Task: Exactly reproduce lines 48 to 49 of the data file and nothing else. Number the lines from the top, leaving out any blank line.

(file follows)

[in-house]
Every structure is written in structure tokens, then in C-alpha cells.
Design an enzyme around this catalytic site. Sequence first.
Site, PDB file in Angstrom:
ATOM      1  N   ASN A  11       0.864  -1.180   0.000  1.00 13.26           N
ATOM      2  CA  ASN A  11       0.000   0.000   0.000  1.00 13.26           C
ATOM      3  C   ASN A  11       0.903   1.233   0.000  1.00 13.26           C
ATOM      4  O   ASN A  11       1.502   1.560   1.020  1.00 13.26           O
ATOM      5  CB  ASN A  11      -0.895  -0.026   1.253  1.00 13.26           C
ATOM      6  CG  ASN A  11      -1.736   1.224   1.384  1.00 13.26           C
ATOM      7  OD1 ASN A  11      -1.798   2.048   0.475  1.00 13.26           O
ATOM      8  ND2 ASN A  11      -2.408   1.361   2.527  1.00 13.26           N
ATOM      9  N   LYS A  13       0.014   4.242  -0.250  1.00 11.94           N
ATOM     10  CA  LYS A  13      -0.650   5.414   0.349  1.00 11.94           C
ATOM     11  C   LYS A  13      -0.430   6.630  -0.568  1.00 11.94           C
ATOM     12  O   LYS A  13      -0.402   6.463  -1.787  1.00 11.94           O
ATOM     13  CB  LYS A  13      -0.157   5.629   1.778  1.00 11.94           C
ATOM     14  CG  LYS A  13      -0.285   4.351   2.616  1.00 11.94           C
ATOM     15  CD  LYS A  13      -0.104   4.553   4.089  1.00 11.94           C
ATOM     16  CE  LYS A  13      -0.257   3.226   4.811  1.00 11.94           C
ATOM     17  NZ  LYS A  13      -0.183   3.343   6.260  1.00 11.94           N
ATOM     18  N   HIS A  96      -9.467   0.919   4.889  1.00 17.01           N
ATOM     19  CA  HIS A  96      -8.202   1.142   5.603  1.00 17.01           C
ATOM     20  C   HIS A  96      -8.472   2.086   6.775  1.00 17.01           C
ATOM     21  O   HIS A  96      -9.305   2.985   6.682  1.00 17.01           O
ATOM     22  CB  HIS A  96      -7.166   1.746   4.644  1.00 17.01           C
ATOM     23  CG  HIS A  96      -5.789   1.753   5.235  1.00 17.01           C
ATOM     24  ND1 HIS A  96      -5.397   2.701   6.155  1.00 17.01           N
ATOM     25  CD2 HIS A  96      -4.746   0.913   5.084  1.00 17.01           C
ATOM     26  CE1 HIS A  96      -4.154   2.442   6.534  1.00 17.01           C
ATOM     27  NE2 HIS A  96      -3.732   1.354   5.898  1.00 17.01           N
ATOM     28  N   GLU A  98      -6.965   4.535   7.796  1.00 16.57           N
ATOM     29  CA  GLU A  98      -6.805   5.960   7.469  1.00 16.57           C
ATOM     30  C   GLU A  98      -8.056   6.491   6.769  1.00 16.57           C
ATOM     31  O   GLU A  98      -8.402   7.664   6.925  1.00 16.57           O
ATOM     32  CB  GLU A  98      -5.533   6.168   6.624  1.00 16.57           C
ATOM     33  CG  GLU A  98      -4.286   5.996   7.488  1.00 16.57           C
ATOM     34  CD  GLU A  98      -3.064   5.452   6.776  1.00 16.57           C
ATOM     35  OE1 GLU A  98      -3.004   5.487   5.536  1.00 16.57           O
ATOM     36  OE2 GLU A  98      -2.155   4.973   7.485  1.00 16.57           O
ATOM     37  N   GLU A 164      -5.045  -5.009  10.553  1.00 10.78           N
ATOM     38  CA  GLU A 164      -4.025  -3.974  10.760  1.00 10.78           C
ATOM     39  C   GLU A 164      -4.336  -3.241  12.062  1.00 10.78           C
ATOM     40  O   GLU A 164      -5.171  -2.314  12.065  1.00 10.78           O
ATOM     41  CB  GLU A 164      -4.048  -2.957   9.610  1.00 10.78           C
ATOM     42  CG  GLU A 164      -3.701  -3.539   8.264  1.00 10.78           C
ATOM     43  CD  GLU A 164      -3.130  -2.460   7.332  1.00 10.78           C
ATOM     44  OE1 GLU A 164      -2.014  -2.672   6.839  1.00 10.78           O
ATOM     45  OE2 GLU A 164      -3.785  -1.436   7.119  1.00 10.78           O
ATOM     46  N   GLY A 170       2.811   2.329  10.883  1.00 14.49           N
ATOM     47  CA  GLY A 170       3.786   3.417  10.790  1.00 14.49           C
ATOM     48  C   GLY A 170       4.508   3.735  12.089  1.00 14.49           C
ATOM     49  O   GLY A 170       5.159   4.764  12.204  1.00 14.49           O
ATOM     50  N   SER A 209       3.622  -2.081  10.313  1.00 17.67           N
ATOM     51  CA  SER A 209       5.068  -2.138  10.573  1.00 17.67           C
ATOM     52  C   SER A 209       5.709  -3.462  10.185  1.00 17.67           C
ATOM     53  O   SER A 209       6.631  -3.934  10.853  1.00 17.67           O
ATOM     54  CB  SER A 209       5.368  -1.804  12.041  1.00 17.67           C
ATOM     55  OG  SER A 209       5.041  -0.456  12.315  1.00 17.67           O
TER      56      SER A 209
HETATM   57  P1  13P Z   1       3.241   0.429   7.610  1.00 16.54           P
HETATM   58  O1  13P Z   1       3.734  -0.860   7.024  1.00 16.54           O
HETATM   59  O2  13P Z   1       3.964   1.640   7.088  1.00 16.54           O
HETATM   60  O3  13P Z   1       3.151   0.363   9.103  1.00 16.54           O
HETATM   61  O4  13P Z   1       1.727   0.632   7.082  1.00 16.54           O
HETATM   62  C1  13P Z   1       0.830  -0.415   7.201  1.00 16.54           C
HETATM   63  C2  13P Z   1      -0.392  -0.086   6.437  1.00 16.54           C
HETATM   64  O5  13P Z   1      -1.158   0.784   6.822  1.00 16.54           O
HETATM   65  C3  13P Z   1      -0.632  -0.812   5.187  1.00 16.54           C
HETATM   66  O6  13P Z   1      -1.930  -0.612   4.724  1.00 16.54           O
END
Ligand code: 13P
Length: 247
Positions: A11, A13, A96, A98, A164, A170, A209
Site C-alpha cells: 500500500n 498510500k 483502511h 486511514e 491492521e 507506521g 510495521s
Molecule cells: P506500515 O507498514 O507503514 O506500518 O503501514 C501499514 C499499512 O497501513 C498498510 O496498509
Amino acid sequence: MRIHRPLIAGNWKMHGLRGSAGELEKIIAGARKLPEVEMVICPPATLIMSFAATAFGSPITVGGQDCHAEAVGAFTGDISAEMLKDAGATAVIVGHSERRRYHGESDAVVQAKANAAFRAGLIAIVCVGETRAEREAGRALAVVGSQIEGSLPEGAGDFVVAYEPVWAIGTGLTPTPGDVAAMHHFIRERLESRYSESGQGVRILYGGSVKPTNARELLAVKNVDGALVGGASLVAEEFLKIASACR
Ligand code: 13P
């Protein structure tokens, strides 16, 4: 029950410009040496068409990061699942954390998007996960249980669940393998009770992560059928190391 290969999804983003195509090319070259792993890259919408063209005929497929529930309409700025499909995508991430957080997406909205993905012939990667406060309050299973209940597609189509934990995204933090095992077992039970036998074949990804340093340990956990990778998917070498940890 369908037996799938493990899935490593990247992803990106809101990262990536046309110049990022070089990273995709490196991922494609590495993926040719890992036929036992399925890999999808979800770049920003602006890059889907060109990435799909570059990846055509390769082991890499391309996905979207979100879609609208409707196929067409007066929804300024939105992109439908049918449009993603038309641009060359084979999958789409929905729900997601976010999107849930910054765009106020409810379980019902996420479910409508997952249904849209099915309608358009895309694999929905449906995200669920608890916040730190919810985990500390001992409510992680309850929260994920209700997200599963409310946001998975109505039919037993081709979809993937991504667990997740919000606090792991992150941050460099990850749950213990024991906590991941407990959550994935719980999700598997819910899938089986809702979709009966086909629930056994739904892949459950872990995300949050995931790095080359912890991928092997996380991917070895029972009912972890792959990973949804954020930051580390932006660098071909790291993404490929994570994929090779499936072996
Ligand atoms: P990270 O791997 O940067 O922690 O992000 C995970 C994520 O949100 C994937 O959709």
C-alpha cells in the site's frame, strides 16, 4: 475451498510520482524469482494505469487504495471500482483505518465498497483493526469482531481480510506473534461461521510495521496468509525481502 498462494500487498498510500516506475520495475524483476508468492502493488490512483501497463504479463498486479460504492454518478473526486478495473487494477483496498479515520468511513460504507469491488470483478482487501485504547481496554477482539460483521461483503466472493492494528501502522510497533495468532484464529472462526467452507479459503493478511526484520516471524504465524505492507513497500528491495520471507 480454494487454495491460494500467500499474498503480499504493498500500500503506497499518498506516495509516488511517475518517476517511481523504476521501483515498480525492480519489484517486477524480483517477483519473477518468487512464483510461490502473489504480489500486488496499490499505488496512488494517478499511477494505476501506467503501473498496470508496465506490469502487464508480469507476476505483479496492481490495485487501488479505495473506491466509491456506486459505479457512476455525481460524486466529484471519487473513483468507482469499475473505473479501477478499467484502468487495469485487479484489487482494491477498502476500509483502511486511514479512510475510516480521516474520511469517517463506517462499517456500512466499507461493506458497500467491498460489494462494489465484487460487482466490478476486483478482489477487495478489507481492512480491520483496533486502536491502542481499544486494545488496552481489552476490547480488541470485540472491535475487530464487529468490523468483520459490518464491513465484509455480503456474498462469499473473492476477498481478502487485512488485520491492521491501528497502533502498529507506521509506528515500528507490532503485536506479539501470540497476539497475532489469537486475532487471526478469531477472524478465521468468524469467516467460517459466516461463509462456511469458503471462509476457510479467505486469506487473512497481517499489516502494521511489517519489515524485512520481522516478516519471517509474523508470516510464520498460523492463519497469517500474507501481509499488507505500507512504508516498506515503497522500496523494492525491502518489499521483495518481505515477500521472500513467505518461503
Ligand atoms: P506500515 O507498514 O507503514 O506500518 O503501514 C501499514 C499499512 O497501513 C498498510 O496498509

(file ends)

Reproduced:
ATOM     44  OE1 GLU A 164      -2.014  -2.672   6.839  1.00 10.78           O
ATOM     45  OE2 GLU A 164      -3.785  -1.436   7.119  1.00 10.78           O